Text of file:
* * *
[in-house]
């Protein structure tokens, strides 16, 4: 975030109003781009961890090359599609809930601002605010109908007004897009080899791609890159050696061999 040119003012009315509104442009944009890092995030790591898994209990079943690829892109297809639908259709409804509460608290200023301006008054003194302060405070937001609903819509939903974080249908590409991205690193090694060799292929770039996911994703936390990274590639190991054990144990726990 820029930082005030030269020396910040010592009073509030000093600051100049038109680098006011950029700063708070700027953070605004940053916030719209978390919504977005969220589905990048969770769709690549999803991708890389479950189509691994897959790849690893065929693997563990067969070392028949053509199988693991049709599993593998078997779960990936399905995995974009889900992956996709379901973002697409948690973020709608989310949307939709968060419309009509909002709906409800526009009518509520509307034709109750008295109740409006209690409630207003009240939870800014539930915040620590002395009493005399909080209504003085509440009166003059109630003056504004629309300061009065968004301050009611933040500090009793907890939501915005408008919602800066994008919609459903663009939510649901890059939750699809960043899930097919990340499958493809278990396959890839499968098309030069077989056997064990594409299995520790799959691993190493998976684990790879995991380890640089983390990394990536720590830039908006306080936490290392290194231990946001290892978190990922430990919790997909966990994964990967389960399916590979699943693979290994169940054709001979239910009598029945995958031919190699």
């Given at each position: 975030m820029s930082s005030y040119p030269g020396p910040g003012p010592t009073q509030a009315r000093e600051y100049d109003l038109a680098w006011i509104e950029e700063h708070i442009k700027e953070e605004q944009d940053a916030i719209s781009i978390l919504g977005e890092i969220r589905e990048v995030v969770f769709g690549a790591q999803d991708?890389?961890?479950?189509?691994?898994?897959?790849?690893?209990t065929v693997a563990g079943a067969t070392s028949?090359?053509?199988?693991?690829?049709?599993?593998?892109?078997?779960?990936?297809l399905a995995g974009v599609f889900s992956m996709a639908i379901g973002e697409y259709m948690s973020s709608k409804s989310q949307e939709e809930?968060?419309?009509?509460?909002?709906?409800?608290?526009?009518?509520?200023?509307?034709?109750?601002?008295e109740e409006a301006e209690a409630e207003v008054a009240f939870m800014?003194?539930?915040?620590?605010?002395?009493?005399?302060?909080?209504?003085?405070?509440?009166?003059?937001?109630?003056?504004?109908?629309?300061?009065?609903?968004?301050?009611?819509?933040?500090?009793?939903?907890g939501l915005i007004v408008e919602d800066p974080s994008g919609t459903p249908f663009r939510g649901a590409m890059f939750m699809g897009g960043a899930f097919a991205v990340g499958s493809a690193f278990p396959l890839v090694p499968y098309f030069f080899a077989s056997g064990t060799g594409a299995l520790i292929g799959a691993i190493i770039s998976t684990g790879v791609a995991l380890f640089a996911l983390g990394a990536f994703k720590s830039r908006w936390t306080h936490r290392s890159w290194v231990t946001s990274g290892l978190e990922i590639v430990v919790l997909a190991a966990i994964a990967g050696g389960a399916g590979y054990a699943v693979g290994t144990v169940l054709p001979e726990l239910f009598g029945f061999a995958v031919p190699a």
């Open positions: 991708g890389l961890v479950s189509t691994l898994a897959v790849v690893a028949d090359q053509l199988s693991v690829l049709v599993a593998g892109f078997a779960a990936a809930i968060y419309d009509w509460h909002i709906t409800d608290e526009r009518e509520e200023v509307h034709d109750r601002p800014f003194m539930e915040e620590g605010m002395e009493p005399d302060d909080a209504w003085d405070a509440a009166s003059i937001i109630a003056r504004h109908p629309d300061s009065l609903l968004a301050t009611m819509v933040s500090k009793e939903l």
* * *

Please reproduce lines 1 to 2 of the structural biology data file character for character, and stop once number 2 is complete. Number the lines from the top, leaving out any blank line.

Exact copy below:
[in-house]
């Protein structure tokens, strides 16, 4: 975030109003781009961890090359599609809930601002605010109908007004897009080899791609890159050696061999 040119003012009315509104442009944009890092995030790591898994209990079943690829892109297809639908259709409804509460608290200023301006008054003194302060405070937001609903819509939903974080249908590409991205690193090694060799292929770039996911994703936390990274590639190991054990144990726990 820029930082005030030269020396910040010592009073509030000093600051100049038109680098006011950029700063708070700027953070605004940053916030719209978390919504977005969220589905990048969770769709690549999803991708890389479950189509691994897959790849690893065929693997563990067969070392028949053509199988693991049709599993593998078997779960990936399905995995974009889900992956996709379901973002697409948690973020709608989310949307939709968060419309009509909002709906409800526009009518509520509307034709109750008295109740409006209690409630207003009240939870800014539930915040620590002395009493005399909080209504003085509440009166003059109630003056504004629309300061009065968004301050009611933040500090009793907890939501915005408008919602800066994008919609459903663009939510649901890059939750699809960043899930097919990340499958493809278990396959890839499968098309030069077989056997064990594409299995520790799959691993190493998976684990790879995991380890640089983390990394990536720590830039908006306080936490290392290194231990946001290892978190990922430990919790997909966990994964990967389960399916590979699943693979290994169940054709001979239910009598029945995958031919190699």